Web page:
There are so many great math curricula out there. Some are very heavy on drills: and who can deny that drills are extremely important? Others are wonderful at demonstrating concepts....the thought processes behind working out problems. Drills can easily bore a student to death and make them feel like math is a punishment, rather than an interesting investigation. However, they seem to have some mastery of math when, in reality, they don't understand the language of math. Some children pick up on concepts so quickly that a teacher or parent begins to think the student is a prodigy and is past the drills. So the teacher tends to "zoom" through lessons, allowing the student to lose important ground that has already been gained. Eventually, this leads to a halt in the student's progress.

Obviously, this means that both concepts and drills are equally important, and a tutor should never sacrifice one for the other. A student MUST know their tables by heart, and I mean instantly! Since this can become a drudgery, the tutor needs to find many roads to lead the student down the path of mastering the multiplication/division and addition/subtraction tables. There are different methods for different ages.

For example, a primary student delights in making a colorful lapbook. Examples are abundant over the internet. Children love opening a book that they made on their own and reading it over and over.

For elementary students, taking a timed quiz over and over increases their confidence and lets them see their progression. They take pleasure in beating their own score each day until they reach "perfection".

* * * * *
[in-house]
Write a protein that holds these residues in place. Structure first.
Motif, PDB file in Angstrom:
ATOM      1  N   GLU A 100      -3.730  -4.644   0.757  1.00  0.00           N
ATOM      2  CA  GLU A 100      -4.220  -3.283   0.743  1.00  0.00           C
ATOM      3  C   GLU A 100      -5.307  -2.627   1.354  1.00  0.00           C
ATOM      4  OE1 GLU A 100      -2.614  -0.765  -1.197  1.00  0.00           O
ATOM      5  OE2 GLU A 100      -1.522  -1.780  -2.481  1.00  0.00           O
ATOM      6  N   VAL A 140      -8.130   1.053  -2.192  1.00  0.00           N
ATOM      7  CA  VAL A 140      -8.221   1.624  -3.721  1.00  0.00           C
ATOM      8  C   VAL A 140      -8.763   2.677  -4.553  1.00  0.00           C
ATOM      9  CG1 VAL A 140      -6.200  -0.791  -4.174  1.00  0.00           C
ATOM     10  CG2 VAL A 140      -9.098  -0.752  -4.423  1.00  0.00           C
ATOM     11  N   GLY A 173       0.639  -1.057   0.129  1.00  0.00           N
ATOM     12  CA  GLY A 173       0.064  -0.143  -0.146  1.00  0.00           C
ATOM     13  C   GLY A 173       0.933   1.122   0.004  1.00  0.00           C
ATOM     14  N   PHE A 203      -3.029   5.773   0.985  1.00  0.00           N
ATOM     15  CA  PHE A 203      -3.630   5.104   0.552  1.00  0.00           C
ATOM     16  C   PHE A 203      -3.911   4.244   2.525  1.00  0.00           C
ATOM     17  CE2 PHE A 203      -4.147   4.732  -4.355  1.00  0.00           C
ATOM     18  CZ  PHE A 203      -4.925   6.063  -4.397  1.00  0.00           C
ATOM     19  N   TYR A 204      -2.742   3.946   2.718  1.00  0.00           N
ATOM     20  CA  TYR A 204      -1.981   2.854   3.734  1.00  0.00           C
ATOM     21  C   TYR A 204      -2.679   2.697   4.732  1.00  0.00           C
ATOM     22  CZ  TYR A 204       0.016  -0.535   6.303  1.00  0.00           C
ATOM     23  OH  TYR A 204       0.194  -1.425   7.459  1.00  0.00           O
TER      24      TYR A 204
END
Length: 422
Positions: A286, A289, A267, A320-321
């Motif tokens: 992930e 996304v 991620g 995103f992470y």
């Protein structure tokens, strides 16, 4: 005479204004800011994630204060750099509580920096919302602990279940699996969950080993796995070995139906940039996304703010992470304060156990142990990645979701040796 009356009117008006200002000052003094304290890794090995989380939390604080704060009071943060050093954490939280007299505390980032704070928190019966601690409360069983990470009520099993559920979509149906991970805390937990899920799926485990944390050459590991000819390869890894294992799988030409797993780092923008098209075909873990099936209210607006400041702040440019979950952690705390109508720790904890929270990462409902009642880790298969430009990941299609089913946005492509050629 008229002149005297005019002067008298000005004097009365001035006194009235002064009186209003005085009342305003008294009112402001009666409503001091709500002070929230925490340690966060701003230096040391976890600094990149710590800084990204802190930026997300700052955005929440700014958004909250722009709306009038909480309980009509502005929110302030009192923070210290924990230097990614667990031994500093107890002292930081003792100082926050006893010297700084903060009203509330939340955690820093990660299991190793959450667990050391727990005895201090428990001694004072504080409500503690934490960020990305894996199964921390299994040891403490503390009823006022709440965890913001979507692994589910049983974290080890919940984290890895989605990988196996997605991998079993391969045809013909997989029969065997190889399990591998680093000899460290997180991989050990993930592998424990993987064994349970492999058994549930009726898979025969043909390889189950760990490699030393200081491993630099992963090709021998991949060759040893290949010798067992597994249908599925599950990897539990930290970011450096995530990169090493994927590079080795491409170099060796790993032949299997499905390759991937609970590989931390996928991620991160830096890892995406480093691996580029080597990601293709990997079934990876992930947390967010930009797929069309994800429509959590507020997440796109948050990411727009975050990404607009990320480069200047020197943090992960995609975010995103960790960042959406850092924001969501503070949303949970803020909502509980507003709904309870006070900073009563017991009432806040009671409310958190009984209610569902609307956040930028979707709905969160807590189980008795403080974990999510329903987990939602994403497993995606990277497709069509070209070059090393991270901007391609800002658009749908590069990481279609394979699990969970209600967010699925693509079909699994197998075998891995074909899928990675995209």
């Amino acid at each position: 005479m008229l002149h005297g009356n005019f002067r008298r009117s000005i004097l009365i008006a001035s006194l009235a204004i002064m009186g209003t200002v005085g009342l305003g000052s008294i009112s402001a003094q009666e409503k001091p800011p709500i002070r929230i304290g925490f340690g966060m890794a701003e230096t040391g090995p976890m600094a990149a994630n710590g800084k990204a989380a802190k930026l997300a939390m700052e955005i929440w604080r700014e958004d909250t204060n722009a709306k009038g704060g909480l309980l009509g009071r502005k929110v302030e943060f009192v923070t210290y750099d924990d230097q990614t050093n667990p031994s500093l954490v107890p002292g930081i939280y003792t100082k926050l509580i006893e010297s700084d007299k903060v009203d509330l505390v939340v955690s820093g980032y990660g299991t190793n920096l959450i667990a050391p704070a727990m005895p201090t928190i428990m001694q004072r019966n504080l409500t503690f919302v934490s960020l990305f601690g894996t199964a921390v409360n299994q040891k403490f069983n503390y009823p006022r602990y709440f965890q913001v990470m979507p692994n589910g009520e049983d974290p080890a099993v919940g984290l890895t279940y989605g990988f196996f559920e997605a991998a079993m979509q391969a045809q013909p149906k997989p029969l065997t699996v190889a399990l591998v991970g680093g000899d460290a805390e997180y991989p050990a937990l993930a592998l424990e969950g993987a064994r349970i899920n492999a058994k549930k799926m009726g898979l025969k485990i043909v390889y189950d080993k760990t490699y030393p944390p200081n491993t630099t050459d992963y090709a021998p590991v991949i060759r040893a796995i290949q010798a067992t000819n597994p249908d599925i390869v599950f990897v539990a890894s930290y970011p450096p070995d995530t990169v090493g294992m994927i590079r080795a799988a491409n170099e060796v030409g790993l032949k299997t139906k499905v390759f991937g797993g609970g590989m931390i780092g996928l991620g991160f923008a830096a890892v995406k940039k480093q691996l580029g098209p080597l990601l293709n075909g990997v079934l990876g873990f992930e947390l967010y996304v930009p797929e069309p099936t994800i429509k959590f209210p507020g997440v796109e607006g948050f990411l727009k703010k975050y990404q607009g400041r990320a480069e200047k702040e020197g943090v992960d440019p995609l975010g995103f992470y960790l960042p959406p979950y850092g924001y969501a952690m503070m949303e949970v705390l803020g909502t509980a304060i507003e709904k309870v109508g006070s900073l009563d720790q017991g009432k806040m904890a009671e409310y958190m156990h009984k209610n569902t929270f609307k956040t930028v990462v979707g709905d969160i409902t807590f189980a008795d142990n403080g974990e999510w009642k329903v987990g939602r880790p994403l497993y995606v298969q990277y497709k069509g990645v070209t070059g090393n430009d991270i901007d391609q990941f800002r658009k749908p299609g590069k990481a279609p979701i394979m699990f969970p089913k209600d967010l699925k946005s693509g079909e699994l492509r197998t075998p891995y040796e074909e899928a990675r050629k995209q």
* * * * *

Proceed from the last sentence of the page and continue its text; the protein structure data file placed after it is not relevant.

Middle school students need to begin recognizing patterns. For instance, the pattern in the 8's times tables look like this:

08, 16, 24, 32, 40, 48, 56, 64, 72, 80

Notice that the left side of the number (the ten's place) increases by one, except that 4 repeats itself twice (0, 1, 2, 3, 4, 4, 5, 6, 7, 8). The right hand side of the number (the one's place) repeats the pattern: 8, 6, 4, 2, 0, 8, 6, 4, 2, 0...... etc. When written vertically, this pattern is much more obvious.

Teaching concepts, for me, always begins with learning the "language" of mathematics. For example, one can substitute the word "of" for the multiplication sign. 1/4 of 40 is the same as saying 1/4 times 40. Fractions can always be read as a division problem. 2/4 is the same as saying two divided by four. If a tutor doesn't explain concepts, math will become drudgery and uninteresting.

Therefore, please include drill and concepts in your lessons on a consistent basis to ensure success and the pleasure of learning mathematics!

Have Fun Teaching!

Miss Amy

Reading/Math/Piano Tutor